So indeed the distinction you draw is an important one. On the other hand, this gapless state is not robust: there is nothing preventing the spinons from opening a mass gap unless additional symmetries are imposed. So near the gapless phase, there are gapped A and B phases, both of which have the same value of TEE. So it can be considered as the "critical point" between the A and B phase.

I recommend a very insightful paper by Bonderson and Nayak, http://arxiv.org/abs/1212.6395, which discussed in great depth how one can define topological order in the presence of gapless degrees of freedom, and how ground state degeneracy and braiding statistics are affected.

For the second question, a gapped state should probably be defined as a state where all correlation functions (of physical, local operators) are short-ranged. It seems to me that if a state is gapless, then some correlation function should detect the gaplessness: for example, in your example of Kitaev honeycomb model, although the spin correlation functions are short-ranged, the bond energy correlations are algebraic. I have not seen a counterexample to this criteria, but I don't think it has been proved rigorously either. You can look at http://arxiv.org/abs/math-ph/0507008 for a proof of spectral gap implying short-ranged correlations (also need to be careful about whether one should use connected correlation functions, so many subtle details...).

This post imported from StackExchange Physics at 2015-03-15 11:30 (UTC), posted by SE-user Meng Cheng
answered Mar 14, 2015 by Meng (550 points) [ no revision ]
Thanks a lot for your insightful comments and suggested references. The former part in your answer seems deep to me and I may spend more time to understand it. However, I learned from you that the definition of a gapped state $\psi$ is via the correlation length rather than some parent Hamiltonian $H$. So is there a possibility or an example that a gapless Hamiltonian possesses a gapped ground-state?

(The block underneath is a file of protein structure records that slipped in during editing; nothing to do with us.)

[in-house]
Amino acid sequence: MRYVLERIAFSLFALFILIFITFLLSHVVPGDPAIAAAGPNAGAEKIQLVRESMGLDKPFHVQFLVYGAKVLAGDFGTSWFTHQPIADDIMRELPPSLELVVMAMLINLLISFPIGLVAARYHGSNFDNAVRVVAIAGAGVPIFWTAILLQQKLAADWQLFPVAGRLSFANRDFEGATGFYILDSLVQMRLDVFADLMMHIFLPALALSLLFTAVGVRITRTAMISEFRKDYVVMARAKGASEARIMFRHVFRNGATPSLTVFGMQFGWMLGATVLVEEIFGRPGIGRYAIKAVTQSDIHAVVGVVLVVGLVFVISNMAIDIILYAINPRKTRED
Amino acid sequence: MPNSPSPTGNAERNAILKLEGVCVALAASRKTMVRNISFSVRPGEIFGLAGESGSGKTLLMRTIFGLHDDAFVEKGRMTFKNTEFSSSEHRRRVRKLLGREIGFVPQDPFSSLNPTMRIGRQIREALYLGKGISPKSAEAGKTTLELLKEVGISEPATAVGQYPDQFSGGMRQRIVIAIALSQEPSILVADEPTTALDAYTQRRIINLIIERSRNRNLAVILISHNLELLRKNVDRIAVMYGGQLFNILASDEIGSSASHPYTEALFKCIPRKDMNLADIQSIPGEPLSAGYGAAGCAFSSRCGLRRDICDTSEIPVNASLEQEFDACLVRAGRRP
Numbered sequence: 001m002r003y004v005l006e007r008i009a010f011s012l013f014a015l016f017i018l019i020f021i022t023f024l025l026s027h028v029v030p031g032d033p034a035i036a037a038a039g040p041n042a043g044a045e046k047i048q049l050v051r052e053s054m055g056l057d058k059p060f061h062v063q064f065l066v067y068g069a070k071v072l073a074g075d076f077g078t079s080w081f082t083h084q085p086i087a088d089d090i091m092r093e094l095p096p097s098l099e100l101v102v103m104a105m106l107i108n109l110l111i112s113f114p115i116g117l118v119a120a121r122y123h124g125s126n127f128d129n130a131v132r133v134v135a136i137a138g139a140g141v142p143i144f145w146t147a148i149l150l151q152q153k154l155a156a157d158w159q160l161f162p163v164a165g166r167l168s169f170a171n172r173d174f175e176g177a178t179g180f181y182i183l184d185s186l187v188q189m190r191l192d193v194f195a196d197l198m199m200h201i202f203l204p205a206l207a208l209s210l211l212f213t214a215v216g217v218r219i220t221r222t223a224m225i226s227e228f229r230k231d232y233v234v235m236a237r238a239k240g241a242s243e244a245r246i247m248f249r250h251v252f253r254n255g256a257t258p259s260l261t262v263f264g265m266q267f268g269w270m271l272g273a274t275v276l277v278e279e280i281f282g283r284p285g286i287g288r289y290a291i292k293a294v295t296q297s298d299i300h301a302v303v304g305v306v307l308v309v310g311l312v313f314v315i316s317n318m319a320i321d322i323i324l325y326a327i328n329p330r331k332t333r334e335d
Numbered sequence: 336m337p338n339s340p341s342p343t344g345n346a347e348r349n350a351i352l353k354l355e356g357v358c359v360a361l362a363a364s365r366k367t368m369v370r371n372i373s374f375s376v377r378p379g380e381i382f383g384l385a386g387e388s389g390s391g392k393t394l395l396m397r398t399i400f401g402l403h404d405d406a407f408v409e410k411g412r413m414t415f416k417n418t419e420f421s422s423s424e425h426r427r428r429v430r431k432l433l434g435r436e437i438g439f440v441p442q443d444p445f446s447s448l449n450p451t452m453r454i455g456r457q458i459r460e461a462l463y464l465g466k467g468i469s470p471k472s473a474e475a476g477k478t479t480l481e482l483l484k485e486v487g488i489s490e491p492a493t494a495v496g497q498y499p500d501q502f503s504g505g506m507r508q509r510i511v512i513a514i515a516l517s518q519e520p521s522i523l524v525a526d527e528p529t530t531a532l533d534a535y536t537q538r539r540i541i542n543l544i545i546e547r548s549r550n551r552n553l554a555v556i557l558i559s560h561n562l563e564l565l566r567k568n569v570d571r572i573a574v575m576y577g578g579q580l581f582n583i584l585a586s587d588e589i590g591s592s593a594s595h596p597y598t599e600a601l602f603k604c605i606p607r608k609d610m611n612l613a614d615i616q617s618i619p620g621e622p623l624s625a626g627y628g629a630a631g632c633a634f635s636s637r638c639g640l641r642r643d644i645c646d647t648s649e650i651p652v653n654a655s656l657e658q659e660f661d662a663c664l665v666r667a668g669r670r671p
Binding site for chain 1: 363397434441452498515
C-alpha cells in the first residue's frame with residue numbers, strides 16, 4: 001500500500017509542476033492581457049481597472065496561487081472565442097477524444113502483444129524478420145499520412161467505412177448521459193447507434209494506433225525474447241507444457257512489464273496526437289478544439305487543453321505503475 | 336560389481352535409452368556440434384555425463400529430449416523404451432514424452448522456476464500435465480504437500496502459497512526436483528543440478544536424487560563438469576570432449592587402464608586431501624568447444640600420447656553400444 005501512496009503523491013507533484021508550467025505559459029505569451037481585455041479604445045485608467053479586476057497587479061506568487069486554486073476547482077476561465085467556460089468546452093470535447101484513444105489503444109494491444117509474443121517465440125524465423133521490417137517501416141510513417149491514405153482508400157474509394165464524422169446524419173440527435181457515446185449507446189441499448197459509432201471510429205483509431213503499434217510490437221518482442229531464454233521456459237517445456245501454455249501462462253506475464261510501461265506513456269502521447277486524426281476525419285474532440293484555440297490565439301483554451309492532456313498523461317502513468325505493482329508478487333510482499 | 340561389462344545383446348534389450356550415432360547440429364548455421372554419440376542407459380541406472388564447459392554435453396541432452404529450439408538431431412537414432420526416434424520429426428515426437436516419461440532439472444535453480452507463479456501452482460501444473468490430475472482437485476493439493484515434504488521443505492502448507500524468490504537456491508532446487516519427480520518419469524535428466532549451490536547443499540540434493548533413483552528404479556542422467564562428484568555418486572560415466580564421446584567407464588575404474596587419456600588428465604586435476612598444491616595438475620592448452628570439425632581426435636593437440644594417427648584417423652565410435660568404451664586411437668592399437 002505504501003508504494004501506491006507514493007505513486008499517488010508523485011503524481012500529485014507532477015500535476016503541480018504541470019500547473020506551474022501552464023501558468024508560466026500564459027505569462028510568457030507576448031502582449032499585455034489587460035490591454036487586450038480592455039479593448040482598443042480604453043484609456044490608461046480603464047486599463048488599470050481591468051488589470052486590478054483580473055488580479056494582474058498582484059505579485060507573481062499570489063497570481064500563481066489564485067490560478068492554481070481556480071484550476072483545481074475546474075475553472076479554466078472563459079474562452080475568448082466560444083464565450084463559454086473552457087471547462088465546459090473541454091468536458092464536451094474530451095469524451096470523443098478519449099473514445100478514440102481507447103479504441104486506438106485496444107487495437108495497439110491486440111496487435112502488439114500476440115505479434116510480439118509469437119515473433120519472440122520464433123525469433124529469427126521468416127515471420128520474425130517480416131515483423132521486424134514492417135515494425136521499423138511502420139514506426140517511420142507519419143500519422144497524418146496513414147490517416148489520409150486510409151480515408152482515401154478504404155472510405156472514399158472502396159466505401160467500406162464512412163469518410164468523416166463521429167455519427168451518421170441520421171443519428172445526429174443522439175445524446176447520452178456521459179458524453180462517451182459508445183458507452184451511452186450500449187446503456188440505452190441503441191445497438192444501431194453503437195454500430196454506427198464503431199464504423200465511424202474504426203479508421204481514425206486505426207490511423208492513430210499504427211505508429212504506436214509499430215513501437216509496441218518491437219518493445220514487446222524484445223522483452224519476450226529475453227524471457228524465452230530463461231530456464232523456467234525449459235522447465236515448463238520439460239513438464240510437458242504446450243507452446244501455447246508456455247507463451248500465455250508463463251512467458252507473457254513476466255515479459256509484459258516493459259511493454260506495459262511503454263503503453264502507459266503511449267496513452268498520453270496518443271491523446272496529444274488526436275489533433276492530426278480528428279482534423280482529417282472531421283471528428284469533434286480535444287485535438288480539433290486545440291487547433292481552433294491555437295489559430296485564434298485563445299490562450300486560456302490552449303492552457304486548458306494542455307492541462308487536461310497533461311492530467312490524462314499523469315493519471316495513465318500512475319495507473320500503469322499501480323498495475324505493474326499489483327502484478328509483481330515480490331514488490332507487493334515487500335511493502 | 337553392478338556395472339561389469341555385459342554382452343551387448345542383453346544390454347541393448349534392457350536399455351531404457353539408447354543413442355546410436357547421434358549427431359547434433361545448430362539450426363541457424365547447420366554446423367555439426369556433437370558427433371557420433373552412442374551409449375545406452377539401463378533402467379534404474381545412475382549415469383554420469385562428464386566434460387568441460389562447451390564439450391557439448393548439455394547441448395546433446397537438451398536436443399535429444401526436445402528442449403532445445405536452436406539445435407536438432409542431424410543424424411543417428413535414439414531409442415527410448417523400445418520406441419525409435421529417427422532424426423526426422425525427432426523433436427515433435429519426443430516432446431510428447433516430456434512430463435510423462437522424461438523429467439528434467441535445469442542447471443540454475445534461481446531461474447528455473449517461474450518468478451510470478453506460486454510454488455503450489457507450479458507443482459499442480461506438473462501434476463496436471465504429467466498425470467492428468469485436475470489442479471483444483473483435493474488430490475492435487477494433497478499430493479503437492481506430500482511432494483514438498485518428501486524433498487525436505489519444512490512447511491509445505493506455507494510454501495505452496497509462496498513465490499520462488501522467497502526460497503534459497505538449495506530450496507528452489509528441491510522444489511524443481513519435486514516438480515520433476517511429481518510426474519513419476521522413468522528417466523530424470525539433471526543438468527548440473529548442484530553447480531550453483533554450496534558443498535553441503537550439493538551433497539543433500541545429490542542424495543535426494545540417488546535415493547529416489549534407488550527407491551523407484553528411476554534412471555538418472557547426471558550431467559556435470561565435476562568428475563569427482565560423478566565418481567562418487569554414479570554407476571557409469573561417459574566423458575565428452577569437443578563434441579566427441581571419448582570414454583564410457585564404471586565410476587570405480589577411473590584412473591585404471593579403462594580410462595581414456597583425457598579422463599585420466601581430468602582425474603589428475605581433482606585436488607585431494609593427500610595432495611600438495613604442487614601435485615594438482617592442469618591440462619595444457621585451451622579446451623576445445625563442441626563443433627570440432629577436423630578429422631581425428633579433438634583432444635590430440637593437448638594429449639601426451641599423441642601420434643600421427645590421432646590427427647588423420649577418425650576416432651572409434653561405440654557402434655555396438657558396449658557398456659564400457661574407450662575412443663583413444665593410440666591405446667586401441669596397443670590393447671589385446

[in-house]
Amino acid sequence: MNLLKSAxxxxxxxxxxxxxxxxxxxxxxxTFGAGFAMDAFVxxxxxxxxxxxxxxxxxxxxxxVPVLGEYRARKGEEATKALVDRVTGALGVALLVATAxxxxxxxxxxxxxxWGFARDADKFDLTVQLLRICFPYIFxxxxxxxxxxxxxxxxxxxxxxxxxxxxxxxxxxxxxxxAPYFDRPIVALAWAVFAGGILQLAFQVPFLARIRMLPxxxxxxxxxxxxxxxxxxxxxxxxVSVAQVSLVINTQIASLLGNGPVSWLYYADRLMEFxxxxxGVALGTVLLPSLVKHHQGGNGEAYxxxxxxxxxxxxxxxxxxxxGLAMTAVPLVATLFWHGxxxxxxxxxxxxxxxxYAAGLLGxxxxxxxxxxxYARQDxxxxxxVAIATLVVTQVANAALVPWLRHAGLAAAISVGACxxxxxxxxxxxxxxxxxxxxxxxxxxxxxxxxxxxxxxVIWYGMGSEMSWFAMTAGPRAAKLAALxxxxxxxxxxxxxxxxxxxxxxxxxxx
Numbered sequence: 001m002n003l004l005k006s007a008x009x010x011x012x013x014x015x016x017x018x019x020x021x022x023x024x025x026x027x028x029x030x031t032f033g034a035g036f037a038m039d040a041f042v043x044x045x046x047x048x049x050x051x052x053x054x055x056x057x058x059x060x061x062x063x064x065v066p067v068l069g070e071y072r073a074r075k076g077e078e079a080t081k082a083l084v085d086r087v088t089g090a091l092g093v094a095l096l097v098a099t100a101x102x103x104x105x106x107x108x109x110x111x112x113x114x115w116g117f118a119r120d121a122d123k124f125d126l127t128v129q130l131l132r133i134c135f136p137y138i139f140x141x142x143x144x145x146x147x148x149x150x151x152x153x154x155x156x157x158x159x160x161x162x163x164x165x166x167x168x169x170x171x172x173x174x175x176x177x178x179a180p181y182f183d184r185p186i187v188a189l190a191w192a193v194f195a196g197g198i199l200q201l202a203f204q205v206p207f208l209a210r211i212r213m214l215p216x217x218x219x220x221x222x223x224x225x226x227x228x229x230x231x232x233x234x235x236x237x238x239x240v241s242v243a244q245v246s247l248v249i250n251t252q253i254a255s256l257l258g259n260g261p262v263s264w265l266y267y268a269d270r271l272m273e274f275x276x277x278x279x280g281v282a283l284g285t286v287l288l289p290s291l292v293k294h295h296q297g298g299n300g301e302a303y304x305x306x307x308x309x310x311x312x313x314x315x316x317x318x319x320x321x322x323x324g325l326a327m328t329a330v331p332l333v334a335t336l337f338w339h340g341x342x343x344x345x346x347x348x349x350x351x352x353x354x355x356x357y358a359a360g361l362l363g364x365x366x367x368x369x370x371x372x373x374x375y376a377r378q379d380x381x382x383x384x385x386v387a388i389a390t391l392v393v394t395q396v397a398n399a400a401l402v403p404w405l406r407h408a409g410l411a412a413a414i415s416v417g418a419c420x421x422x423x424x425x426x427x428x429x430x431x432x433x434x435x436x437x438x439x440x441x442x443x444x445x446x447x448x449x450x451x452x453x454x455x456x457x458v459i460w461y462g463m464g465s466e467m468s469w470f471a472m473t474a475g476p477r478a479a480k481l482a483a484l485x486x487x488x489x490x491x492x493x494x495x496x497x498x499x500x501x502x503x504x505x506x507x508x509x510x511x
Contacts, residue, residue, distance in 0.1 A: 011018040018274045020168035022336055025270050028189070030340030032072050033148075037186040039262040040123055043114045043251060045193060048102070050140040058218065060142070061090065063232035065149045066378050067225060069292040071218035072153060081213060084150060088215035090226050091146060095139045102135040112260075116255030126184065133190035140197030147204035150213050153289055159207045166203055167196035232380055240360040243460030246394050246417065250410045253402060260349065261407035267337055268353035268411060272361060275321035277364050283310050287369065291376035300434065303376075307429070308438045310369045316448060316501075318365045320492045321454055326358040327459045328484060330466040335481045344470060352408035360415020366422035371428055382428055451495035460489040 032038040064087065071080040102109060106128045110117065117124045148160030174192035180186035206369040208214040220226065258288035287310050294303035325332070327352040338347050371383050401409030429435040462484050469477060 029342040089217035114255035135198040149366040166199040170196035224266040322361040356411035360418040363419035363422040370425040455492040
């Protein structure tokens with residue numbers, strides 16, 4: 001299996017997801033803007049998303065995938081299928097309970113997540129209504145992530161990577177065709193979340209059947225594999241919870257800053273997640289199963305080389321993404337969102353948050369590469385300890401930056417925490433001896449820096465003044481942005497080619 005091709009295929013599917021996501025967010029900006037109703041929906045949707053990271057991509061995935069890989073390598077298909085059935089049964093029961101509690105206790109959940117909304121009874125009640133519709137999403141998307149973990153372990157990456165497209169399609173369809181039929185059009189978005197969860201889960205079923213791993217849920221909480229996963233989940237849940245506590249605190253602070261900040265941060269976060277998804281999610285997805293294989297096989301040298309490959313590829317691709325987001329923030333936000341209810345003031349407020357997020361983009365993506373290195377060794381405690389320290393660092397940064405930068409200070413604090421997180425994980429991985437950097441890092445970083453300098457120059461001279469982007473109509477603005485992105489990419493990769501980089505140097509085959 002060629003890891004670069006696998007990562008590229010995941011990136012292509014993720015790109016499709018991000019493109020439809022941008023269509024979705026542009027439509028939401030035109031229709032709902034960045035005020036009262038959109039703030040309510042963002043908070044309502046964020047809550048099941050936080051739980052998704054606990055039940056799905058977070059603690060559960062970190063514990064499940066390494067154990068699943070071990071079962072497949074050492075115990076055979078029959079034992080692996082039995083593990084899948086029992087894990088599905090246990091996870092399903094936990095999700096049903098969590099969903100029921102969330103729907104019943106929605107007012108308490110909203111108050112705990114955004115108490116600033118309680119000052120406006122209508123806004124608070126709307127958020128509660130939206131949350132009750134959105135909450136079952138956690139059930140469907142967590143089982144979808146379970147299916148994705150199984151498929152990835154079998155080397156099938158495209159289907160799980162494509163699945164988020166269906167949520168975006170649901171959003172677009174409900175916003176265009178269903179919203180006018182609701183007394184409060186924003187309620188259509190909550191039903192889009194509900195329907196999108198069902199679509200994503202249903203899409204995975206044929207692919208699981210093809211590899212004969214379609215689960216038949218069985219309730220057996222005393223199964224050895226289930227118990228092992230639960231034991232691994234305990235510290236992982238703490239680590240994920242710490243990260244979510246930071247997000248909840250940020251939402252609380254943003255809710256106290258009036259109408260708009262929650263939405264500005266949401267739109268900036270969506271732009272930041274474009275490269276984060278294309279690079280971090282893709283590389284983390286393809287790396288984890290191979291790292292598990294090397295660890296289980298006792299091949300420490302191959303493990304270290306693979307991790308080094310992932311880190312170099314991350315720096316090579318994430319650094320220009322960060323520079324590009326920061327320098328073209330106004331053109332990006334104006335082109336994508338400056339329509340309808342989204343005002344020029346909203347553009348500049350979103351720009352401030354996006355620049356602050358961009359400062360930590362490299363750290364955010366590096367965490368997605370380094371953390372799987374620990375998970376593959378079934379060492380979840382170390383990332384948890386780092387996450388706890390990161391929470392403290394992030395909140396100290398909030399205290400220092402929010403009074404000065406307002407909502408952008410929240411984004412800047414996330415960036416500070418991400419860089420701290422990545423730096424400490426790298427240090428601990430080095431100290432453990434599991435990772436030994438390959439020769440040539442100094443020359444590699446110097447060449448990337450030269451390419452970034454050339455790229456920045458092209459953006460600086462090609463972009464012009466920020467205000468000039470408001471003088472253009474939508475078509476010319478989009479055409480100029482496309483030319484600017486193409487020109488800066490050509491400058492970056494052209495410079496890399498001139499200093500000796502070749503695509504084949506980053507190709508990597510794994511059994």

This post imported from StackExchange Physics at 2015-03-15 11:30 (UTC), posted by SE-user Kai Li
There may be other simpler examples, but here is one: journals.aps.org/prl/abstract/10.1103/PhysRevLett.109.260401

This post imported from StackExchange Physics at 2015-03-15 11:30 (UTC), posted by SE-user Meng Cheng
As to the honeycomb Kitaev model, for the gapless phase (e.g., gapless spin Hamiltonian at $J_x=J_y=J_z$), is the corresponding ground-state also gapless (in the sense that some kind of correlation-length is large as compared to the system size)? If the ground-state is gapless, then is the TEE(=$-ln2$) still well defined?

This post imported from StackExchange Physics at 2015-03-15 11:30 (UTC), posted by SE-user Kai Li
Yes, as I mentioned in the answer, the bond energy correlation function should be algebraic. For TEE, first one needs to have an area law for the entanglement entropy, which is true for gapless systems with linear dispersion (or emergent Lorentz invariance). Then TEE is just the correction to the area law.

This post imported from StackExchange Physics at 2015-03-15 11:30 (UTC), posted by SE-user Meng Cheng
I see, thank you very much.

This post imported from StackExchange Physics at 2015-03-15 11:30 (UTC), posted by SE-user Kai Li